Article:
As Jonathan Wilson pointed out in his latest edition of The Question, it’s not generally worth paying much attention to what people predict about the future of football for plenty of reasons.
1) Very few of us have anything to do with the game, so it’s not as if any of our ideas are going to be put into practice other than in our long-suffering Football Manager sides. The higher ups in football are generally worth listening to though – take Carlos Alberto Parreira’s prediction of a “strikerless future” as an excellent example.
2) Football tactics generally evolve over several years. There are certainly some trends that can take just a year, but many of them are minor and not worth delving into, such as favoured formations et cetera.
3) According to Roberto Mancini, football has reached an endpoint tactically. It makes quite a lot of sense to be honest – there must be a point where the hundreds of different ways of kicking a sphere on some grass have been figured out and anything afterwards is somewhat insignificant. There will never be anything as game-changing as Hungary’s organised disorder 60 years ago for example.
4) Those new tactical innovations are often simply stumbled upon – for instance, Francesco Totti only played as a false nine for Luciano Spalletti’s Roma after all the traditional alternatives had been injured – or comes as an epiphany to a lucky coach, so trying to predict them is most likely a fruitless exercise.
With these caveats in mind (particularly point two, I don’t genuinely think that any of these will happen over the next year – it’s just an attention-courting title for the new year – but I do think many will happen over the next decade, a boat I missed last year), let’s get on with being right know-it-alls.
A frustration of mine over the last year has been trying to explain to friends the differences I see between entertaining and quality football, which inevitably ends up going back to the argument that Liverpool are rubbish. 2010 has been entertaining (Spurs getting into the Champions League bla bla bla) but notably lacking in quality – purely off the top of my head I can think of just two games that have been top quality, and unsurprisingly both involve Barcelona. Maybe it’s just that this Barcelona side is among the best in history, but outside of their class of one there’s not really much to rave about.
Since Barcelona are so good, it’s hardly shocking that people want to emulate them. Roman Abramovich’s swiping of Txiki Begiristain shows the Chelsea owner’s looking at the long-term, as was Rafa Benitez when updating Liverpool’s youth system with the additions of Rodolfo Borrell and Jose Segura, while Bayern Munich’s more patient build-up play is a much quicker imitation.
Barcelona were among the first teams to play their wide attackers on their “wrong” side with their full-backs expected to provide the width. Now, Manchester United aside, no top club plays with proper wingers.
With most of the top teams looking to play a possession-orientated game, a striker has been forced to make way for a midfielder, putting extra pressure on the midfield to support the lone frontman. The simplest way to do this is by inverting the wingers, forcing them into the middle. In the year’s flavour formation 4-2-3-1, there’s essentially four attackers, alleviating the need for the holding midfielders to support the attack, in turn allowing the full-backs to push on and provide width.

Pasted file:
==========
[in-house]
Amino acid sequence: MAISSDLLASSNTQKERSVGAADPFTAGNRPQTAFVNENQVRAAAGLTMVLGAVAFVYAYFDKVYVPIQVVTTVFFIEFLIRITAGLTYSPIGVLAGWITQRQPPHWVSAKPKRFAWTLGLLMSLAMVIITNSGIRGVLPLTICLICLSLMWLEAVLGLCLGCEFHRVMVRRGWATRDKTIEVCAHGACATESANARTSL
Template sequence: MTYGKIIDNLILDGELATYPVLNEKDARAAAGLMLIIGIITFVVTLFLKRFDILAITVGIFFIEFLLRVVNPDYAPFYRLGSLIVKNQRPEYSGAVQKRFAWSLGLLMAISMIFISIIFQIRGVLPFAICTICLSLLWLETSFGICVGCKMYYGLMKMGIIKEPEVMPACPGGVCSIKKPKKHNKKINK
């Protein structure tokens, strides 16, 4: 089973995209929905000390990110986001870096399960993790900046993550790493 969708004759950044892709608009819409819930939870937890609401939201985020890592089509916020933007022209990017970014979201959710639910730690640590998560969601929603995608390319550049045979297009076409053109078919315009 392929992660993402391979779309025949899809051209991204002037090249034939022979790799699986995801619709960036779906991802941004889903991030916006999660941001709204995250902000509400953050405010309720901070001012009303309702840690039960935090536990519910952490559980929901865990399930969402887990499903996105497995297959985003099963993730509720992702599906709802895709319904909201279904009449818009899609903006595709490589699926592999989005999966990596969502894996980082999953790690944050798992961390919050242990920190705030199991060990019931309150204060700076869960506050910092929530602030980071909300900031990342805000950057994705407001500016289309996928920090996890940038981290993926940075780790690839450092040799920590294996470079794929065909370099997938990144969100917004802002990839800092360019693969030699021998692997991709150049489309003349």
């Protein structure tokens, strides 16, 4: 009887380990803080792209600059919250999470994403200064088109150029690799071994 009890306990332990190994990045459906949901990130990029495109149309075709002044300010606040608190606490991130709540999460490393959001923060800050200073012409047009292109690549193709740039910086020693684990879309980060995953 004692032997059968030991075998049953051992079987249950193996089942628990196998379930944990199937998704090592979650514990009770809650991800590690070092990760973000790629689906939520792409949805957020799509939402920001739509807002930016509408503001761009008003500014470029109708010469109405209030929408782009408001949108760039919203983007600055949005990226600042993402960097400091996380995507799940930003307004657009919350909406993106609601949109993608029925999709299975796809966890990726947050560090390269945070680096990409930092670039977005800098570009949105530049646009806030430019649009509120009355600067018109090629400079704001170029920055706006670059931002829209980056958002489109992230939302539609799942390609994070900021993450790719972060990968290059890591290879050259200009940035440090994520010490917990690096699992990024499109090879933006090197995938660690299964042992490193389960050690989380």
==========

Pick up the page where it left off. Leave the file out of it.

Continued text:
However, the main thing that everyone wants to copy from Barcelona is a philosophy. It goes beyond playing pretty a la West Ham, Rinus Michels’ Total Football template is entrenched at the club. Several clubs have tried to ape Barcelona’s method, especially the new breed of German coaches such as Jurgen Klopp and Ralf Rangnick (although it is Arrigo Sacchi usually named as their inspiration), pressing high with a collective responsibility to both attack and defend.
Universality is the ideal for football, so it could be that more teams will push towards this over the next year. The problem comes in the fact that, for the system to work, the players need to be able to both attack and defend and of similar quality. To set up the system you risk sacrificing better players simply because they don’t fit it. Then, say you do get the right squad, it’s near-impossible to get the same quality players as Barcelona, yet you’re playing them at their own game.
Barcelona’s brilliance could see a renaissance in the broken teams that were so prevalent in Serie A during the nineties. Attackers attack and defenders defend – it might lose some of the unpredictability of the universal method, but doesn’t restrict the creative players by burdening them with defensive duties. The best example of the benefits of this can be seen once Sacchi left Milan, his side had rightly gone down as among the best in history but Fabio Capello arguably did better, winning three Scudetti and the Champions League. Up front he played the lazy genius Dejan Savicevic and in midfield former defender Marcel Desailly - neither player could have existed in Sacchi’s side, Savicevic wouldn’t defend to the expected standard and Desailly wouldn’t create to the expected standard, but both players did well for Milan. As long as you get that balance right, it doesn’t necessarily matter.
In the summer, we saw Argentina and the Netherlands playing similarly pragmatic systems to moderate success, should someone pick up on this, there could be a way of rivalling Barcelona.